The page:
Elsewhere, here's all I'm going to say about the Commodore and his gastrointestinal issues: the Commodore has some SERIOUS gastrointestinal issues. He berates his poor housekeeper Louanne again, this time about some homemade potion she's making for him (because he refuses to see doctors). While he's complaining about his bowels, he's also complaining about Nucky, who merely sent an errand boy over with the 'Dore's payment, rather than bringing it himself. Nucky, he feels, is getting too big for his britches. And/or the Commodore is feeling resentful in his old age. He bitches about having put Nucky where he is today, "and they put me in jail." That does go a bit of the way towards explaining the Commodore's place in the whole Atlantic City hierarchy. He felt the fuzz coming down, he installed Nucky in his place while he went to jail, and upon his return he's kind of a kingpin emeritus. And a resentful old bastard, it seems. Louanne hands him the potion -- a dark green mixture of awfulness -- and Commodore barely gulps it down before he's on all fours, puking into a spittoon on the floor, like a dog. Well, this is undignified to watch.
Keeping with the theme, however, we cut to Nucky reading a cutesy (but educational!) poem about germs and such that make you sick. The kids applaud, as do Margaret, then ask to be excused from the dinner table. Once they're gone, Margaret takes a regretful tone and tells Nucky she took some "bad advice" the other day. When Nucky began to tell her his "troubles." "It was selfish," she says, and while Nucky says it's all right, he's still clipped and stung about the whole thing. Margaret says it's not right -- she wants him to feel like he can tell her things. So Nucky returns to the subject of that baseball mitt: four older kids stole it from him, and when Nucky came home, his father made him go back out and challenge the bullies to a fight. He did, and was promptly beaten unconscious and put in the hospital for eleven days. Margaret recoils, says that's horrible. "Life can be that way," is Nucky's response. The phone then rings -- it's about the house, it's all ready for Fleming. Nucky invites Margaret to come down with him to see it, but she can't. Little Teddy asks if he can go, and while Margaret says "Mr. Thompson" is busy, Nucky says that "Uncle Nucky" can surely take him. I'd be happier with "Uncle Nucky" as a nickname if it didn't sound so filthy.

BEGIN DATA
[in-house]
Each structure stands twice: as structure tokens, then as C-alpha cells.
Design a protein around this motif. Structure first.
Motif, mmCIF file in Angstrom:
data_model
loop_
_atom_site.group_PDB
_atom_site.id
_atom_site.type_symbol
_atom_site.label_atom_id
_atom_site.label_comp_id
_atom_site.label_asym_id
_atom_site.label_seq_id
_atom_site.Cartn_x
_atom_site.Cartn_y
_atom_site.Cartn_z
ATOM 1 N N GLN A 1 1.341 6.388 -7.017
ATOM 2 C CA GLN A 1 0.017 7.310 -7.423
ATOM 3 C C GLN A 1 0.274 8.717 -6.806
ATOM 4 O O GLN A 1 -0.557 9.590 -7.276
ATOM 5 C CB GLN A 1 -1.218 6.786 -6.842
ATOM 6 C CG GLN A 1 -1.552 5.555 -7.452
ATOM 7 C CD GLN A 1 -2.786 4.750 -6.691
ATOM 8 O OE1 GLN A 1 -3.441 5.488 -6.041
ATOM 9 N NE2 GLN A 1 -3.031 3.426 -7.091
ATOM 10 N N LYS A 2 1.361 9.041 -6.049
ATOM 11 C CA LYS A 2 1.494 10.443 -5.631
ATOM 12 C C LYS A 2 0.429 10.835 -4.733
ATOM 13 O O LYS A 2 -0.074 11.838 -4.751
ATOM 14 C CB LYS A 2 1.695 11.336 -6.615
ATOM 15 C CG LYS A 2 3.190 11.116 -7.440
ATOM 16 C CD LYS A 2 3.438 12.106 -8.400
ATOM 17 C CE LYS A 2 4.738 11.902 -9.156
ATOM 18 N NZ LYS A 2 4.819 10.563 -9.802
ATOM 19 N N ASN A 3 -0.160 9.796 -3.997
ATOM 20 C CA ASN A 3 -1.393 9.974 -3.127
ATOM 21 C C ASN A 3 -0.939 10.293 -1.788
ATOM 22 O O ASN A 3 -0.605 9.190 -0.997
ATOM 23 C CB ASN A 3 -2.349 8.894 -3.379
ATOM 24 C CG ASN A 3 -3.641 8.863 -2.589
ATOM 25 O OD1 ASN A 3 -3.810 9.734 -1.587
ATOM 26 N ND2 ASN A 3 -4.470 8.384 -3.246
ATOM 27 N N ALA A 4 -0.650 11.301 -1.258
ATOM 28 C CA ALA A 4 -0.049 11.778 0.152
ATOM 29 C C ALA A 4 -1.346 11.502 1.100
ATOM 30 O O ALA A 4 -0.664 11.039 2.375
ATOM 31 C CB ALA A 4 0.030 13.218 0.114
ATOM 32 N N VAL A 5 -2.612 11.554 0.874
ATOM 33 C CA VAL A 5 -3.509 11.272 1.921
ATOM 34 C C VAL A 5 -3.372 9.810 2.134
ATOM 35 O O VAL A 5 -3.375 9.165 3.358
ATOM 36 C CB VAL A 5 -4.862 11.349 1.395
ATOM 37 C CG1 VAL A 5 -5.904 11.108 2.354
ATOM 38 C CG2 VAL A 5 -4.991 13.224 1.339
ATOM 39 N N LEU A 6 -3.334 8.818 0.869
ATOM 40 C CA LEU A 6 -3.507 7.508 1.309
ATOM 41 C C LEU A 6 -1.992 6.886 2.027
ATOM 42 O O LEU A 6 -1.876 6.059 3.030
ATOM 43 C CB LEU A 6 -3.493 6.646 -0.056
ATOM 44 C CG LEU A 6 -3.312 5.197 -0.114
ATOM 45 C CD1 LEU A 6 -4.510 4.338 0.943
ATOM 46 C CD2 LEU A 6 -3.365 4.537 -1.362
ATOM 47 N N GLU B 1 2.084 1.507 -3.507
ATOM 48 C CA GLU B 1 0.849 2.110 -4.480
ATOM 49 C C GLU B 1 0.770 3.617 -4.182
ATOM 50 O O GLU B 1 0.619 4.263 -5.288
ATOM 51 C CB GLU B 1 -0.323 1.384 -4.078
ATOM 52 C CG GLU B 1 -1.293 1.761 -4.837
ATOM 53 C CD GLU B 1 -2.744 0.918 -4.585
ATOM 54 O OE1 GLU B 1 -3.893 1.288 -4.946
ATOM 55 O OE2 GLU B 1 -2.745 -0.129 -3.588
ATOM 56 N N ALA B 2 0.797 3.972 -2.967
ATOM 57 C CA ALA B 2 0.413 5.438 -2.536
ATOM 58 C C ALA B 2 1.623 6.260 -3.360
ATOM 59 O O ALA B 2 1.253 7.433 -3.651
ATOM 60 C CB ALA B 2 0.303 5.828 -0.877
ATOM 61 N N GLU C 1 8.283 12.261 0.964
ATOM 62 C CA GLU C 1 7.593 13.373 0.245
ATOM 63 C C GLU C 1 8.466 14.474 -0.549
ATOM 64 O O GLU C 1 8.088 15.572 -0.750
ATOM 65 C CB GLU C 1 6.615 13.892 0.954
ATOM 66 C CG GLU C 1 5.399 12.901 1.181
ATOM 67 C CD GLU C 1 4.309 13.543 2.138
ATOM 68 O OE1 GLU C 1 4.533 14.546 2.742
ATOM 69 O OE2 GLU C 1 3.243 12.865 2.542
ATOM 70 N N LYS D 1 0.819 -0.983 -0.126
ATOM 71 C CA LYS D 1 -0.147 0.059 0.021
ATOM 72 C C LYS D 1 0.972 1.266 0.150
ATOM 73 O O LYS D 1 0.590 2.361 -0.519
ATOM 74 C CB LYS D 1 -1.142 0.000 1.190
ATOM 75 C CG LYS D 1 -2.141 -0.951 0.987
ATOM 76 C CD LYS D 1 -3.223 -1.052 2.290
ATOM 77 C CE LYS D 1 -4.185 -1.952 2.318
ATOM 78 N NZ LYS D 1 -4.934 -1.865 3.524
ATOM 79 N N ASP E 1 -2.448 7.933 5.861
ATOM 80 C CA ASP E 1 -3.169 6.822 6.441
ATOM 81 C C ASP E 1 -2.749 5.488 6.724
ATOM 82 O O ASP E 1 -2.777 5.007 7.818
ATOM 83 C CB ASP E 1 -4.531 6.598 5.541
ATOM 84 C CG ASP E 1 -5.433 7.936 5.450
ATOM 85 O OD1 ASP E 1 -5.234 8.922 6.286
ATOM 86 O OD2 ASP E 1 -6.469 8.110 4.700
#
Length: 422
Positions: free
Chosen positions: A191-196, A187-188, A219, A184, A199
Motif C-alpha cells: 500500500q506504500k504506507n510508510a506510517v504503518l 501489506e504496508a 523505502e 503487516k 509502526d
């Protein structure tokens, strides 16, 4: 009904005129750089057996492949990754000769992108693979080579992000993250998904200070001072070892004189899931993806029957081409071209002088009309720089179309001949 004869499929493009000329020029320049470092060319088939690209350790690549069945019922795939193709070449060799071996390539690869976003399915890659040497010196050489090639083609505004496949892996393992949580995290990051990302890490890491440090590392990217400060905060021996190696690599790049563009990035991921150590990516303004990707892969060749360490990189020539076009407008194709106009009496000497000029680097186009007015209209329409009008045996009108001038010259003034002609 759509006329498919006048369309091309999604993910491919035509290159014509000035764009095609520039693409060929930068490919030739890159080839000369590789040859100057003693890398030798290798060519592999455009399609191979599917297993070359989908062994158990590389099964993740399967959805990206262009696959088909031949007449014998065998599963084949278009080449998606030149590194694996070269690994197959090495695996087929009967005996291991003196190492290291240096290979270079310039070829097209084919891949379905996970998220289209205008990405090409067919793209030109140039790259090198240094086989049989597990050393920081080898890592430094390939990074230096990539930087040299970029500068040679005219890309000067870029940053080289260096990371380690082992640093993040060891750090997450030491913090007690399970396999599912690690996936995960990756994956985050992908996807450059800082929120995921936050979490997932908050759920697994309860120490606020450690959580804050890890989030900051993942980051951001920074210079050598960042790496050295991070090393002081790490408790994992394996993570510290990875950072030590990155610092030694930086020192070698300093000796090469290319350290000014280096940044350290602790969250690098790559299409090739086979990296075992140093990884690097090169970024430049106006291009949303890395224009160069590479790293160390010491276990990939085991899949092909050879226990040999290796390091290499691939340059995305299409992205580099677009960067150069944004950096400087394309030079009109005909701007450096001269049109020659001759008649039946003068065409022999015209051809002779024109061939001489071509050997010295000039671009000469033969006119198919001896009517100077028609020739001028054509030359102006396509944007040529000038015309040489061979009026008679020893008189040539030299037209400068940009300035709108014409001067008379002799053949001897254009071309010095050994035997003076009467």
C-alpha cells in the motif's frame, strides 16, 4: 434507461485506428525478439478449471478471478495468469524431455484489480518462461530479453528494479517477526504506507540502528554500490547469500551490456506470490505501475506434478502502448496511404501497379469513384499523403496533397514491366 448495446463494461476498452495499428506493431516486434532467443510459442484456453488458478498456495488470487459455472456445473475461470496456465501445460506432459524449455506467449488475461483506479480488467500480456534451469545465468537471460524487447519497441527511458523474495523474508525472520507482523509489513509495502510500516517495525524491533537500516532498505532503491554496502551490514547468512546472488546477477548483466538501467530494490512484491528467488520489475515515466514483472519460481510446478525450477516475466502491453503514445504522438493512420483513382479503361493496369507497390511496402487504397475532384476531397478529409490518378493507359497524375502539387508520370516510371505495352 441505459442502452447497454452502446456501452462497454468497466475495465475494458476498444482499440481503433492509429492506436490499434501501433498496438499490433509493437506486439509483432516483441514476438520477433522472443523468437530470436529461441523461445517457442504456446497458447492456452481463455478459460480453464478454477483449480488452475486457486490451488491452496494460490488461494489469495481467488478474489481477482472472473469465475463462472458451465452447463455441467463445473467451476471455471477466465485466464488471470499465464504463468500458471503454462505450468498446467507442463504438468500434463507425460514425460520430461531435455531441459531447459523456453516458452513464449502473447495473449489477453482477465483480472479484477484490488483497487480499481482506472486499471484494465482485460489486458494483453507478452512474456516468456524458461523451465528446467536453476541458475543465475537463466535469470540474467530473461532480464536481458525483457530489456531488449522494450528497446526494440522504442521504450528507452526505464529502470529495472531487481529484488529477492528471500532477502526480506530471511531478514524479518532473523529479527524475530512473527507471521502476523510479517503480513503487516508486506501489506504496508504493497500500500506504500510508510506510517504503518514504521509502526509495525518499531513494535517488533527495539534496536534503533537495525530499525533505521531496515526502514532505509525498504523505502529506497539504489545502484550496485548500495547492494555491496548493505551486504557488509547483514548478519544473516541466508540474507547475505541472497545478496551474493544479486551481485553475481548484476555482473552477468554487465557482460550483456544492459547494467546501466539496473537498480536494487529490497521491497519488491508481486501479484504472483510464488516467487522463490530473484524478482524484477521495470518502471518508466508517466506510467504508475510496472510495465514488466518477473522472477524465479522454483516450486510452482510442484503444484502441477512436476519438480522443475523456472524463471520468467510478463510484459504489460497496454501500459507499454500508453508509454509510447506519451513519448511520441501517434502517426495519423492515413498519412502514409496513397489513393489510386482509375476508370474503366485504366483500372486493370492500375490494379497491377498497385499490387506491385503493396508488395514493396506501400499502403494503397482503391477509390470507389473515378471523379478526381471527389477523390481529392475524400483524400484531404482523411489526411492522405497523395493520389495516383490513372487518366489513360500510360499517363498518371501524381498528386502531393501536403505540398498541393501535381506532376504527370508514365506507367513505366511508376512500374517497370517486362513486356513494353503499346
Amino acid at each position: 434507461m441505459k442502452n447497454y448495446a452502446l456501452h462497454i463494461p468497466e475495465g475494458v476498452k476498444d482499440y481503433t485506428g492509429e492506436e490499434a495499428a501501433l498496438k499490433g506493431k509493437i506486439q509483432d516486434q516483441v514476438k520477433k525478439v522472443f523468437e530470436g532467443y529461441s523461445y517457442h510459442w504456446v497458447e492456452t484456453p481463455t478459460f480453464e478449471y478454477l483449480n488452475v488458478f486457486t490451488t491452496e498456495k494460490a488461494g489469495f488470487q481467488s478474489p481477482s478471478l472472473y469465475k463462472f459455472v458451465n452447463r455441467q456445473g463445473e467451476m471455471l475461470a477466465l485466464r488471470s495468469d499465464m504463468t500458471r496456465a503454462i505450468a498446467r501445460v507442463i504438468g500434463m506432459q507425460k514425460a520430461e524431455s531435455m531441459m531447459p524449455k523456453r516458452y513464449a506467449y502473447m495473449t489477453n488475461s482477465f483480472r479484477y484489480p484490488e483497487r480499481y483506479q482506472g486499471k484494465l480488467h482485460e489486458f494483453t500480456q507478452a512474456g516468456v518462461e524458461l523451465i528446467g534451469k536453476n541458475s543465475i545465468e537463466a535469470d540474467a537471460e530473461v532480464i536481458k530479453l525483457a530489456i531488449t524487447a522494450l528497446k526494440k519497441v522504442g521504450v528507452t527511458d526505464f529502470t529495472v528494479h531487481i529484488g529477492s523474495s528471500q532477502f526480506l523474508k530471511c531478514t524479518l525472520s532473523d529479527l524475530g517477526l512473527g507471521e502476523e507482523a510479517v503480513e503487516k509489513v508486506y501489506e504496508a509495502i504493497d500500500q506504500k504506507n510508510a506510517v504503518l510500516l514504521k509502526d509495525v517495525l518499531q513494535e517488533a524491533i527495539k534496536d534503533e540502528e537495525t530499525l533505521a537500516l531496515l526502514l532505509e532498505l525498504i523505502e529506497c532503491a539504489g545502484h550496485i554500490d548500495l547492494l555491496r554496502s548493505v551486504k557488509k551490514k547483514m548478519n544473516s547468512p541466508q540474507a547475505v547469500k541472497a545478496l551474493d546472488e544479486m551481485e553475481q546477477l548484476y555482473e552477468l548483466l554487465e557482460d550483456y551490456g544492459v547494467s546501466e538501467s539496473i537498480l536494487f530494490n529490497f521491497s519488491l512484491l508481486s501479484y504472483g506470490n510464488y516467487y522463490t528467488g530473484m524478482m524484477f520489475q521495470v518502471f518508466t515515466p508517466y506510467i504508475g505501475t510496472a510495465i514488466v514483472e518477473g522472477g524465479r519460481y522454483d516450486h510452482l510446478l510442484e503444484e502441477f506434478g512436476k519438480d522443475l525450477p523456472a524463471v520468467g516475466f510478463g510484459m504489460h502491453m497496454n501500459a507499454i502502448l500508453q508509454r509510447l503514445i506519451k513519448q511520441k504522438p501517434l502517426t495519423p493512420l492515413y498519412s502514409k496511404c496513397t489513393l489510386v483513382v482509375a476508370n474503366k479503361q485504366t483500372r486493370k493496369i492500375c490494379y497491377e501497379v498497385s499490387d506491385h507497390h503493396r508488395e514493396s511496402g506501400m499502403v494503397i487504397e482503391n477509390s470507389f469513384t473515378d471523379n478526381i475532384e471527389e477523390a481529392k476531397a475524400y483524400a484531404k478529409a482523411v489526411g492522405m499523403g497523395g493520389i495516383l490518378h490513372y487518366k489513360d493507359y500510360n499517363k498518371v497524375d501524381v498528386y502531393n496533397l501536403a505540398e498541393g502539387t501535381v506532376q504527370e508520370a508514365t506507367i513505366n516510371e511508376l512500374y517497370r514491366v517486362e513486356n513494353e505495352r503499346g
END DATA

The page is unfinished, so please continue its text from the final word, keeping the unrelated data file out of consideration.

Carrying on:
Well! Remember Liam? He's back in his usual table, at his usual diner. Only this time, Jimmy Darmody is sitting at the counter. Liam doesn't notice until Jimmy's about to sit down across for him. Jimmy orders him to keep his hands where he can see them. Jimmy's even-toned, though, and pledges that he's not there to kill Liam. All this despite the fact that Liam's promise that he was just doing Sheridan's bidding starts with him referencing Pearl as "the whore." Anyway, Jimmy asks if Liam ever served in the army (he didn't), which leads to Jimmy telling a story about the War. It was a "living, waking nightmare," he says. One time, Jimmy shot a German soldier while he was trying to cross some barbed wire. The guy didn't die, but he also couldn't manage to extricate himself from the fence. No matter how much he struggled, he only dug in deeper. Jimmy says he left him there for days, moaning in German for his momma. He never begged for death, though, despite Jimmy's repeated offers. He kept fighting, like a miracle might come. "Some people, in a similar situation," says Jimmy, "might feel like being alive is much, much worse." This seems the appropriate note to leave Liam on. Jimmy says he doesn't ever want to see Liam around again. Liam can't assure him fast enough that he won't. Jimmy leaves, and Liam can finally exhale. It proves to be his last, however, when a bullet whizzes through the window, shattering a water pitcher atop a waiter's tray, and connecting right below Liam's right eye. He's dead, a customer screams, and as the camera races back through the bullet-hole, up to the upstairs room across the street, we see -- obviously -- Richard Harrow. And then, in maybe my favorite moment of the show thus far, we hear sinister organ music, because the Phantom of the Opera is there, inside your mind. Harrow packs up his rifle and leaves the room, but hopefully not the show, because: awesome.